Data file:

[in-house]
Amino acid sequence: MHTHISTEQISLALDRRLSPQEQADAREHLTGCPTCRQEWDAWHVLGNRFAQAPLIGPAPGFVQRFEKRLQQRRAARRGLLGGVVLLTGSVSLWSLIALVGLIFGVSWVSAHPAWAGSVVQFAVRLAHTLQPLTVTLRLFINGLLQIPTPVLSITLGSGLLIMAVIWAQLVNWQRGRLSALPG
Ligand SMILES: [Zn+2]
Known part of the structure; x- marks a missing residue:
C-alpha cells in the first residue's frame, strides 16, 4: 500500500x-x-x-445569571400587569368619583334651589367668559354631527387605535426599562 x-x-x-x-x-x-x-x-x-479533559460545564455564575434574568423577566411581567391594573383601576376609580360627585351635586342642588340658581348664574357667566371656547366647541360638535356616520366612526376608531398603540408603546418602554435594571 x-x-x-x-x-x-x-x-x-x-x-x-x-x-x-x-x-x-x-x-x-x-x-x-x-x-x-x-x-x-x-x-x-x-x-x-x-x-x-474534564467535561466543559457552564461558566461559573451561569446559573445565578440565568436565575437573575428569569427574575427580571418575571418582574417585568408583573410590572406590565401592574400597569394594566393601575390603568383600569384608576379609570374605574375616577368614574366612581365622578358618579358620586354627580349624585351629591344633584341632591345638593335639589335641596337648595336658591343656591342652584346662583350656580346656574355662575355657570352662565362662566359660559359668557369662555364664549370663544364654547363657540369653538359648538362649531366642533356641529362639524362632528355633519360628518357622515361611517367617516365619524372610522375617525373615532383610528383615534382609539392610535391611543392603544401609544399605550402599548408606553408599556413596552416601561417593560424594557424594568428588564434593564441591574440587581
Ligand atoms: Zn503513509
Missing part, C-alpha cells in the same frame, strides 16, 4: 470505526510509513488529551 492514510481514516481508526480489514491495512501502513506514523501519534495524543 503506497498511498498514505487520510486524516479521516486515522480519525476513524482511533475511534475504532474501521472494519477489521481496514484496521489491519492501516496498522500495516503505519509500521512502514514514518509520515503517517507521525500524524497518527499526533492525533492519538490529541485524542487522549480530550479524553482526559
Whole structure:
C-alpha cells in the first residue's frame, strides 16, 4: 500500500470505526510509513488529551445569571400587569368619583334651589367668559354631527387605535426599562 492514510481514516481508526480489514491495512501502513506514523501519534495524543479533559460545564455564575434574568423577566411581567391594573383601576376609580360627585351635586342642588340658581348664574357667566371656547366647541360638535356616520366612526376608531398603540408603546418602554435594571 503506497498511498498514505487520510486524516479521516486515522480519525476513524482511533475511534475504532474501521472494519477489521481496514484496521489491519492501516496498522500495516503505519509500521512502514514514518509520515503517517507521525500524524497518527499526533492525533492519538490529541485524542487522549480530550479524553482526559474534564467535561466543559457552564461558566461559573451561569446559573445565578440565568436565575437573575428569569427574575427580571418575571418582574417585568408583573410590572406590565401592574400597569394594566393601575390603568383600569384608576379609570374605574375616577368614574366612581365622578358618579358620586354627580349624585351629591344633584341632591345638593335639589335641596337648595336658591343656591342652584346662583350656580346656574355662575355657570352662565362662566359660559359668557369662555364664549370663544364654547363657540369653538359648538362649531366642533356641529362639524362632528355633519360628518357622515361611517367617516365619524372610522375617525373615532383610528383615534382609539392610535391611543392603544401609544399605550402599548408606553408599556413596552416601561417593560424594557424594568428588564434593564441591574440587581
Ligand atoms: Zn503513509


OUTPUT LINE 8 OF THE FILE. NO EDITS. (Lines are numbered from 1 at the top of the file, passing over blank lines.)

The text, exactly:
Whole structure: